Our conservation grazing herd browses under the oaks at San Clemente. Photo by Andrew Evans. March 31, 2022 By Jamison Watts, Executive Director A visionary model, the Santa Lucia Preserve blends sustainable development into a permanently protected natural landscape. The founders’ vision led to the science and nature-based design of The Preserve with a dedicated
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How to Identify 7 Common Raptors in the Santa Lucia Mountains

Ventana Wildlife Society Biologist Mike Stake and Conservation Ecologist Dr. Brian Woodward conduct a Raptor survey on The Preserve. Photo by Alix Soliman.  March 25, 2022 By Alix Soliman, Communications & Outreach Coordinator Soaring overhead on rising thermals, dive-bombing rodents in the rolling grasslands with their piercing screeches echoing off of the hills – birds
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How Conservation Flows Downstream in the Carmel River Watershed

The Coastline at Point Lobos State Natural Reserve. Photo by Alix Soliman. March 21, 2022 By Andrew Evans, Conservation Grazing Associate From Big Sur to Carmel Beach to Asilomar and beyond, the draw of the Central Coast is centered on its pristine landscapes, resilient habitats, abundant fisheries, and welcoming coastal towns. However, as global watersheds
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February 2022 Newsletter

Chorus frog floating in a pond on The Preserve. Photo by Matthew Savoca. February 28, 2022 By Jamison Watts, Executive Director Internationally recognized as a biodiversity hotspot, the Santa Lucia Preserve is located within the Santa Lucia Mountains at the intersection of coastal and inland climate gradients, with a variety of elevations and habitats. Over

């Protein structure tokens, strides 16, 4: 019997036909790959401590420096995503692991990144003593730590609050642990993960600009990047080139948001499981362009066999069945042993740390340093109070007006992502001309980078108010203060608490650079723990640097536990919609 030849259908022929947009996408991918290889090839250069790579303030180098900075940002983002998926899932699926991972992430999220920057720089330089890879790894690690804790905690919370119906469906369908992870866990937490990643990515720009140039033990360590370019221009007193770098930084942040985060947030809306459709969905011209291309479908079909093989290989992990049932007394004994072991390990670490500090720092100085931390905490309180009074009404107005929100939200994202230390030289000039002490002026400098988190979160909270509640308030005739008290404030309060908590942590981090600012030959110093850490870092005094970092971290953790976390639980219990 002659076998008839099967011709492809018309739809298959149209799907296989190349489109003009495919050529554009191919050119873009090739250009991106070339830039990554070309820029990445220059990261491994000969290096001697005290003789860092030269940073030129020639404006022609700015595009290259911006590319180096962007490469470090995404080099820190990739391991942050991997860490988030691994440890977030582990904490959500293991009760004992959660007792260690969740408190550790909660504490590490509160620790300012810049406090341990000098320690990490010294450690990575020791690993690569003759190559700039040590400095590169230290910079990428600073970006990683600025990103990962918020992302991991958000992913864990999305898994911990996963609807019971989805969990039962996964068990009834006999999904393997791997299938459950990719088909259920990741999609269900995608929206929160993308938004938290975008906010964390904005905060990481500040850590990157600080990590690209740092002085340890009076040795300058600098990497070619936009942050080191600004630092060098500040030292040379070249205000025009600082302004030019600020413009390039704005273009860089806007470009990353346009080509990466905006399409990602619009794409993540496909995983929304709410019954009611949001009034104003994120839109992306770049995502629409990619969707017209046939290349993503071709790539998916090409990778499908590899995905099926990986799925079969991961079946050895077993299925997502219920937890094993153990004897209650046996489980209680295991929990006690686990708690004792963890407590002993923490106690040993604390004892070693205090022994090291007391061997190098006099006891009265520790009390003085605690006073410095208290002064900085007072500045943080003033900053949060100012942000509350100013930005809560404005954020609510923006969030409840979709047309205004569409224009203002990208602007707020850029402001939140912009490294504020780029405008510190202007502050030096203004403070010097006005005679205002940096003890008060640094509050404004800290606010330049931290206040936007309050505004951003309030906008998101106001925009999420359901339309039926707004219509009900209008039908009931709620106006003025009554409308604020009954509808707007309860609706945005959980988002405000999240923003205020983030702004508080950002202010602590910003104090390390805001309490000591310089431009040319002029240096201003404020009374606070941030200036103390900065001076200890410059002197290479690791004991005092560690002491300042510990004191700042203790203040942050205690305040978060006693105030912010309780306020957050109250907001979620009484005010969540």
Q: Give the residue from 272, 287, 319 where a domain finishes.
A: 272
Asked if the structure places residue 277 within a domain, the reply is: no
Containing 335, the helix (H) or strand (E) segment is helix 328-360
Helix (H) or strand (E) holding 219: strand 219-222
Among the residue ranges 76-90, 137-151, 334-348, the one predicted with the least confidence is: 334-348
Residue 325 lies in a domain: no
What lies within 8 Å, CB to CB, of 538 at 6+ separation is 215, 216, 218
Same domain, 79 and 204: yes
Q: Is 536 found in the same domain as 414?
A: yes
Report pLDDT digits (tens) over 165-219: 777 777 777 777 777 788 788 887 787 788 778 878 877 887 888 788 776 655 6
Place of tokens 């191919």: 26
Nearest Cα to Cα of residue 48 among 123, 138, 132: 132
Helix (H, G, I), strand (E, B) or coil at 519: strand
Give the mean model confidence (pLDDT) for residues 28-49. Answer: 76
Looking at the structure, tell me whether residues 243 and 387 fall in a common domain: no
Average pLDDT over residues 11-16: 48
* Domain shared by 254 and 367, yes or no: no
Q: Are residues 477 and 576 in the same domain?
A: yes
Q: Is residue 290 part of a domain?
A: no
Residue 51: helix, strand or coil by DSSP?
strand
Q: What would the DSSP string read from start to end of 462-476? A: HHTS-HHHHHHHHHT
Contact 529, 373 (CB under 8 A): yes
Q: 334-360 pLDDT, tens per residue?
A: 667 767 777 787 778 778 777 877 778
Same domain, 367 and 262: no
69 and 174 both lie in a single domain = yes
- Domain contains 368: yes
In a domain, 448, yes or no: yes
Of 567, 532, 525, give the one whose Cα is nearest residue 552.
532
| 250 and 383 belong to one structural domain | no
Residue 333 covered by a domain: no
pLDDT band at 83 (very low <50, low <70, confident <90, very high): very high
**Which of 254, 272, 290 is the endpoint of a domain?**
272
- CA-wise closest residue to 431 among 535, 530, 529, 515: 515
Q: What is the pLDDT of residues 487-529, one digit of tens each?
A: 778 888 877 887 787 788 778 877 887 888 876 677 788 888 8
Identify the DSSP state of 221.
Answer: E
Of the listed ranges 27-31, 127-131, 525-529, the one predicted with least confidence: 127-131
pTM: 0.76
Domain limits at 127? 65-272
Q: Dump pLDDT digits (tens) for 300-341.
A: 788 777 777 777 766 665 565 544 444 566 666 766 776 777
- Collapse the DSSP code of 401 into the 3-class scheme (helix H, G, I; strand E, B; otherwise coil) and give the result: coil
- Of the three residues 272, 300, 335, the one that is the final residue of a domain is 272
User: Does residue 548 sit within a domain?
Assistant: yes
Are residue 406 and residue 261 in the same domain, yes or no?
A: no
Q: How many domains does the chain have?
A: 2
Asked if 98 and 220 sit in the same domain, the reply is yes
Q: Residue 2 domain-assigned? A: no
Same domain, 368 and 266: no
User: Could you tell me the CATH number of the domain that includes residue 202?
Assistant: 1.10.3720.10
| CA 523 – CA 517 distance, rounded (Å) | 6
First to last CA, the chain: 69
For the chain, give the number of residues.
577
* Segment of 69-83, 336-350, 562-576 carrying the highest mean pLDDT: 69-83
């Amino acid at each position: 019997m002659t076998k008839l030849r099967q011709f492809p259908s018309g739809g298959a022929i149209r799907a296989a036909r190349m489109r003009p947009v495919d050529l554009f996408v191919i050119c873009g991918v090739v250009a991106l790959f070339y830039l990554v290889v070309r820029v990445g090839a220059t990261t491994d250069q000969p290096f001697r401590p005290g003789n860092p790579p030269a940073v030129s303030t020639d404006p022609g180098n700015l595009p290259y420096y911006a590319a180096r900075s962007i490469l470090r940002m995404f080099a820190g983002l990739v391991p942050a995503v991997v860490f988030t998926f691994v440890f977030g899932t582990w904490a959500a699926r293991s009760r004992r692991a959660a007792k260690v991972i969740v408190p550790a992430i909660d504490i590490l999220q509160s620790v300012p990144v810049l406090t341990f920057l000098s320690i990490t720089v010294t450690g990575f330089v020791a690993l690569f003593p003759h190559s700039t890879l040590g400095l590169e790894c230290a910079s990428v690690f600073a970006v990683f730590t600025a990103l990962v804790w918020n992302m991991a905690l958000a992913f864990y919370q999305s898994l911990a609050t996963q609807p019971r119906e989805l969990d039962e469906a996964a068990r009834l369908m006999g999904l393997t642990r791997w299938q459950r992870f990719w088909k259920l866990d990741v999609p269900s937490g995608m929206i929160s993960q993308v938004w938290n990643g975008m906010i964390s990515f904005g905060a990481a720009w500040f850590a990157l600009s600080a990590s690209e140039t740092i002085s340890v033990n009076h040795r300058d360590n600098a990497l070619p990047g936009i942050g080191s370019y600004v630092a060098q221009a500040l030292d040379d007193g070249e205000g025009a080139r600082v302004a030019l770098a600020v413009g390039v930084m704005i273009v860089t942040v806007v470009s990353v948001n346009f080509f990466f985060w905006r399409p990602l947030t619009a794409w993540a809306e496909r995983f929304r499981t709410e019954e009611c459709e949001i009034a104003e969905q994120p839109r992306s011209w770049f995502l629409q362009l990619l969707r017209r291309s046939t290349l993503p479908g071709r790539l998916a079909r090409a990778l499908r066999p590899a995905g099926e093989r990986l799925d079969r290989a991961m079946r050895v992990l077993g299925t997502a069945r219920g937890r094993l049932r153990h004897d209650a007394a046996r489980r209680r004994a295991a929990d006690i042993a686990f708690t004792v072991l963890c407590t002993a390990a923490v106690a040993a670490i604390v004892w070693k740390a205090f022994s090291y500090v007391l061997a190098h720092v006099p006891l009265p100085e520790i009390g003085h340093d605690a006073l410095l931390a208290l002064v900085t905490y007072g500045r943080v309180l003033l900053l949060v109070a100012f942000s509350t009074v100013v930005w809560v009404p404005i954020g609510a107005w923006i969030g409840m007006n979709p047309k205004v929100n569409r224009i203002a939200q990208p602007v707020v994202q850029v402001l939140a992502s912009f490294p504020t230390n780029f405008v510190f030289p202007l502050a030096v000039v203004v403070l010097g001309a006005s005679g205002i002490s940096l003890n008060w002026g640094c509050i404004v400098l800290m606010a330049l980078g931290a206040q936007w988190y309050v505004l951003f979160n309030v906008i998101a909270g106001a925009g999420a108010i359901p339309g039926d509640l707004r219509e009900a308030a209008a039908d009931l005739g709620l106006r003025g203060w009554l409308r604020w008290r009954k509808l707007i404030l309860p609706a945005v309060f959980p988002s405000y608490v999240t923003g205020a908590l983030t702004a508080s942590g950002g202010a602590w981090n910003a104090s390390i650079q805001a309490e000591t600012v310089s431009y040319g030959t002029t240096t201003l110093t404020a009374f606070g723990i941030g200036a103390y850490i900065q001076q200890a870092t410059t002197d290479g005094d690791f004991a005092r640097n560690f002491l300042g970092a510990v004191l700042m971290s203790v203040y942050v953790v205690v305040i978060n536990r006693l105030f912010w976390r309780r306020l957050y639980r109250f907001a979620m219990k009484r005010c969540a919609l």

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What Does Applied Ecology Look Like on the Santa Lucia Preserve?

Conservation Ecologist Dr. Brian Woodward conducts a raptor survey on The Preserve. Photo by Alix Soliman. February 24, 2022 By Dr. Brian Woodward, Conservation Ecologist Driving through The Santa Lucia Preserve, you may see Conservancy staff wading through ponds, crouched in a field looking closely at budding flowers, or gazing through binoculars at soaring raptors.
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The Field Season Has Begun, Meet Our 2022 Restoration Crew

The 2022 Seasonal Restoration Crew. Photo by Jackson Brooke.   February 15, 2022 By Jackson Brooke, Restoration Manager In 2019, the Conservancy launched its Grasslands Initiative after a rigorous assessment of the ecological health of The Preserve identified the 5,275 acres of grasslands as both an incredibly significant ecological asset and in dire need of restoration.
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Before & After: Preventing the Spread of Invasive Stinkwort